Mulholland Drive is also a film, David Lynch‘s masterpiece, a non linear, noir psychological thriller which starts with a car wreck on the winding heights of Mulholland Drive. The film features wonderful performances by Naomi Watts and Laura Harring in the lead roles of young women whose lives intersect in various ways. Lynch was awarded the Best Director prize in Cannes in 2001. This film – Lynch had actually in mind a TV series – is a real cult with several fan clubs andI nternet sites about it.

Yesterday late afternoon, I was in Brentwood and decided to go up and watch the sunset from Mulholland. Impossible to even think of getting there through the hyper busy 405. I took Sunset Blvd instead, then Beverly Drive and the beautiful Coldwater Canyon Drive. When I got  on Mulholland, I drove east. It is great fun to drive there, you have to concentrate on driving and only from time to time have a glance at the awesome views. First on the immensity of the “Valley” – Van Nuys, Reseda, Sherman Oaks, Panorama City, Burbank – then on Downtown LA, Hollywood and further west to the Ocean if the foggy layers of pollution were not there. As I said, no “gastronomic mile” on Mulholland Drive. Still, I was hungry. I drove to the intersection with Cahuenga Blvd – by the way, Woodrow Wilson Drive, where Harry Bosch lives, is just there –  and went down to Hollywood Blvd for a Martini and pork chops at Musso and Franks…real beautiful.

So, this was my Mulholland experience, now read what David Lynch says about it“It’s a mysterious road. It’s rural in many places. It’s curvy, it’s two lanes, it feels old. It was built long ago, and it hasn’t changed too much. And at night, you ride on top of the world. In the daytime you ride on top of the world too, but it’s mysterious, and there’s a hair of fear because it goes into remote areas. You feel the history of Hollywood in that road.”

Harry Bosch’s L.A.

(in the old Pueblo de los Angeles. Harry Bosch and Kiz Rider heading to Union Station)

(…) Bosch studied the mud-walled structure behind the musician and wondered if Don Francisco Avila had any idea what he was helping to set in motion when he staked his claim to the spot in 1818. A city would grow tall and wide from this place. A city as great as any other. And just as mean. A destination city, a city of invention and reinvention. A city where the dream seemed as easy to reach as the sign they put up on the hill, but a place where the reality was always something different. The road to that sign on the hill had a locked gate across it. It was a city full of haves and have-nots, movie stars and extras, drivers and the driven, predators and prey. The fat and the hungry and little room in between. (…)

Micheal Connelly, The Closers

A short guide to L.A. in five streets – 2) Wilshire Boulevard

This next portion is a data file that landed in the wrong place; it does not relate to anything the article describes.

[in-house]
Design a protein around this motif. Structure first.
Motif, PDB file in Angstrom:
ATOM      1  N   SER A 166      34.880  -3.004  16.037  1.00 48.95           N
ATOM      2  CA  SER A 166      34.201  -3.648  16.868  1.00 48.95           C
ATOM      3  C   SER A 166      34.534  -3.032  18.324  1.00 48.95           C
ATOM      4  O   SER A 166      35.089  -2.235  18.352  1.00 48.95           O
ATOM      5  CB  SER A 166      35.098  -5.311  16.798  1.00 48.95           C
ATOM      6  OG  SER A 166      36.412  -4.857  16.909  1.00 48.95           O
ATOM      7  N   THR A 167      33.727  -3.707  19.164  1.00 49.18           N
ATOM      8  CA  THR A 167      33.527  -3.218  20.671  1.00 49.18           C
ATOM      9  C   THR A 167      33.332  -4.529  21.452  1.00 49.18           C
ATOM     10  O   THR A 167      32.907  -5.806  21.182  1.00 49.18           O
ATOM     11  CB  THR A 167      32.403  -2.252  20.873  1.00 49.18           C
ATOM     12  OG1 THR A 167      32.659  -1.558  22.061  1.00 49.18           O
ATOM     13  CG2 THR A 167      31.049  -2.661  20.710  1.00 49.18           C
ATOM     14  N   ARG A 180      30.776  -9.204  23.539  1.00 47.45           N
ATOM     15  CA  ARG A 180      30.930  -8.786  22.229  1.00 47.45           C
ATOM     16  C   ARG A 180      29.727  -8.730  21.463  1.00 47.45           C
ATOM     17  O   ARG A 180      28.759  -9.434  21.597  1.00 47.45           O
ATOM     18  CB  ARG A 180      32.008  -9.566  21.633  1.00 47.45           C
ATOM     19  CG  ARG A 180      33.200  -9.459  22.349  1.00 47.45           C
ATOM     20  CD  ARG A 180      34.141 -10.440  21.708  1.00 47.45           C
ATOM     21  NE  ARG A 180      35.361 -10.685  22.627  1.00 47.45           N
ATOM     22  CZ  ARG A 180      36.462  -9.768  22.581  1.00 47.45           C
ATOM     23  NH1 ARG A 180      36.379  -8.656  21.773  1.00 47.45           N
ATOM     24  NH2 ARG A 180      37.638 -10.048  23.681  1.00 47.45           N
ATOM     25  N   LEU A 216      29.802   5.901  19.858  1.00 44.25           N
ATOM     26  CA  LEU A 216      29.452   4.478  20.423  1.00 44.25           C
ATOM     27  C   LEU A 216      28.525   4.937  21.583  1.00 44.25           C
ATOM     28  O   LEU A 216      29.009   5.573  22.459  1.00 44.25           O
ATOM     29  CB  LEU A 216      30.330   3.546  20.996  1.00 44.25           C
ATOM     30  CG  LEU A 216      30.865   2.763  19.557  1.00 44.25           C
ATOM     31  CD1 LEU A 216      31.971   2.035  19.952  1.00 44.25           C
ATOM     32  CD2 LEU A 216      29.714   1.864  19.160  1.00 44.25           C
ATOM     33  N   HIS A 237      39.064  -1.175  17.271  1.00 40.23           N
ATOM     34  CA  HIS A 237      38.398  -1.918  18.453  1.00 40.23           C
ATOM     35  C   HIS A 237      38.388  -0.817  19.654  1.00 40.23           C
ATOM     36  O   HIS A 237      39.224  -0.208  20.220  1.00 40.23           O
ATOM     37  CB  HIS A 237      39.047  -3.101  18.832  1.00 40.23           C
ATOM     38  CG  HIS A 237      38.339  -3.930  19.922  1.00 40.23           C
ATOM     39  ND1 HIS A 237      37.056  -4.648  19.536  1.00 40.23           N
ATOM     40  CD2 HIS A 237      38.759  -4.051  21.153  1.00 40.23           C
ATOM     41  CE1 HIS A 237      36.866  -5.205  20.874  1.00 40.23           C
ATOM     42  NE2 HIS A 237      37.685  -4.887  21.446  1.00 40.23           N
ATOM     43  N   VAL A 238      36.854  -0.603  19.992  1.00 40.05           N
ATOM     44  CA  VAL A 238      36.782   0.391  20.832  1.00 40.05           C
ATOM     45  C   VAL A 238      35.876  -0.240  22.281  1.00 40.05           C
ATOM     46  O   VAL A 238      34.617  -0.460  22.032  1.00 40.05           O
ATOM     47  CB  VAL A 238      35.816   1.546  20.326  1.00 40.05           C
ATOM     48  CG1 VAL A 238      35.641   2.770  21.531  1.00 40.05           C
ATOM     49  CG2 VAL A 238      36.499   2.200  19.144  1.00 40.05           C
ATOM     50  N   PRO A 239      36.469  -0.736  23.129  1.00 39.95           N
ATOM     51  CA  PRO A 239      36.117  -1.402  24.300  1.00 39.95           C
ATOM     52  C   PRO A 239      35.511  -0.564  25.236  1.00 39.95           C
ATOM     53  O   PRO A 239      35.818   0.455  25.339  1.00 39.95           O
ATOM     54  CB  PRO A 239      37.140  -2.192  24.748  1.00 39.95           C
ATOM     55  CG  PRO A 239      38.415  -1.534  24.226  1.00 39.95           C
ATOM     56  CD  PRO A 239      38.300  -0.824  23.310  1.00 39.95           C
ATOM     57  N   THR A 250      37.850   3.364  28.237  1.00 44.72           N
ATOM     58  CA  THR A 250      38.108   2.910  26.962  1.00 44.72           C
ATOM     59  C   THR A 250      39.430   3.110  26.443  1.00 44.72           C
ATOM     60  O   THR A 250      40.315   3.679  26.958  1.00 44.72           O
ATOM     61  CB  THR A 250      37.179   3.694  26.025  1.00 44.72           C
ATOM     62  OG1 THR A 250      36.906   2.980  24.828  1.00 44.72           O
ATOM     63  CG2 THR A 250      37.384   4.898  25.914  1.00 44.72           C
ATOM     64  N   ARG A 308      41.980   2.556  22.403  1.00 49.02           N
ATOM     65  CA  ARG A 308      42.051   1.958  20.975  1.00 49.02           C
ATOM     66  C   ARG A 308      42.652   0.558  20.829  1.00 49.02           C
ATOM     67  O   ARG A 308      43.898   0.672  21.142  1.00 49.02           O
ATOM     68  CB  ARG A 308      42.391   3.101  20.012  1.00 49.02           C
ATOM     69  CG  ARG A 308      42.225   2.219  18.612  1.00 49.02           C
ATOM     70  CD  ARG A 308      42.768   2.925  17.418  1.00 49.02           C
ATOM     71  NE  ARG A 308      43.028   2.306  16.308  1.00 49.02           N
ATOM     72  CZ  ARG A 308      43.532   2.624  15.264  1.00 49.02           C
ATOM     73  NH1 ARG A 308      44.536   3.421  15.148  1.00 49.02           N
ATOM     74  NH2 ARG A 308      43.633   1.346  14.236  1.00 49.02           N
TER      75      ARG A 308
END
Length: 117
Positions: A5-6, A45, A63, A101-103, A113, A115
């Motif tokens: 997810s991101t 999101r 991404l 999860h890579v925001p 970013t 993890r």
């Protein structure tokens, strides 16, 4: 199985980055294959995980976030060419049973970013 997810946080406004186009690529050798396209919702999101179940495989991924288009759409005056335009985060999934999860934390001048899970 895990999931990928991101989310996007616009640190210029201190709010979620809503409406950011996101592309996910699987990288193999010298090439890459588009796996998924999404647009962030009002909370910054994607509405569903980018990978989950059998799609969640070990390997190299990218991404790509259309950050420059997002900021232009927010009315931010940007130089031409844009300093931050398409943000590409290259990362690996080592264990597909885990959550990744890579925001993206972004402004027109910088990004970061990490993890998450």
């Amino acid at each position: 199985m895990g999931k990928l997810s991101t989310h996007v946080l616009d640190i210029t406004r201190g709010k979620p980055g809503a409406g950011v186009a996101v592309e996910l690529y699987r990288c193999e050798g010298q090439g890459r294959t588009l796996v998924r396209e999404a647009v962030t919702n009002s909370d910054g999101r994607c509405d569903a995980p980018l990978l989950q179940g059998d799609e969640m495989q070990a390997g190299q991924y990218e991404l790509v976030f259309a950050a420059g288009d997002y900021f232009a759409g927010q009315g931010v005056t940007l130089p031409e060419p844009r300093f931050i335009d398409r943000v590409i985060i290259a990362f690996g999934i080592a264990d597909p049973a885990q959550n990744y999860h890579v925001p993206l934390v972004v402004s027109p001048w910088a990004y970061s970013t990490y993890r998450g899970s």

WILSHIRE BOULEVARD is one of the main arterial roads of Los Angeles and runs for some 16 miles from Downtown to the Pacific Ocean in Santa Monica. Differently from Sunset, the landscape is exclusively urban and it represents a very good sample of the finest attractions L.A. can offer in terms of architecture, museum, shopping and food.

The “Wilshire One” building on Grand Avenue, which was completed in 1966 and is one of L.A.’s first modern highrises, is the start of this “trail” right in the heart of Downtown. After many years of decline, Downtown is today a quite contradictory and still culturally vibrant area. Next to the high building of the financial center, live together a large homeless community and a young crowd of new residents attracted by the recently renovated lofts and apartments still available at a relatively convenient price. Many of these lofts are often used as set for films and adverts.

We leave Downtown and start moving through Westlake – on the right side of the boulevard, the historic 1926 Westlake Theatre – and cross Mac Arthur Park with its large pond and, on Sundays, lots of Latino children playing soccer. Not far from there, one of the most beautiful building of the boulevard, the art-deco Bullocks Wilshire, once a luxury department store and now home of the Southwestern Law School. Wilshire brings us to Koreatown now (but we’ll visit one other time) and to the affluent and green residential area of Hancock Park.

We continue our drive west through the Miracle Mile and we get to one of the most interesting parts of Wilshire: the Museum Row.  I am not a big fan of museums, but I have to admit that I highly enjoyed my visit to the LACMA (Los Angeles County Museum of Art). Jeff Koons works and Andy Warhol’s soup made my day. It is also time to stop for some lunch and instead of eating at the trendy Ray’s and Stark Bar inside LACMA, I would suggest a little diversion to nearby Fairfax Avenue to the Little Ethiopia district -home to one of the largest groups of Ethiopians in America. Go to “Merkato” or “Messob“, get your injera –  a spongy and sour flatbread used as an eating utensil to eat- and discover one of the most surprising cuisines of the whole world. You’ll eat from a common plate different kind of spicy meat and veggie stews like the fantastic “doro wat” made of chicken stewed in red pepper sauce with eggs and other spices.

The drive continues through the Beverly Hills section of Wilshire across Rodeo Drive and the shopping area. If you are not crazy about shopping – I am not – do not miss the Paley Center for Media in Rodeo. Get into one of their screening rooms and browse through their archive. You could come across an episode of the “Partridge Family” or “Happy Days“, a presidential campaign debate between Nixon and Kennedy or a fight between Ali and Foreman. You’ll also pass by  the Beverly Hilton Hotel where Whitney Huston died recently and then through the elegant residential condos of Westwood, you approach the last long and straight stretch of Wilshire which will bring you to the Pacific Ocean.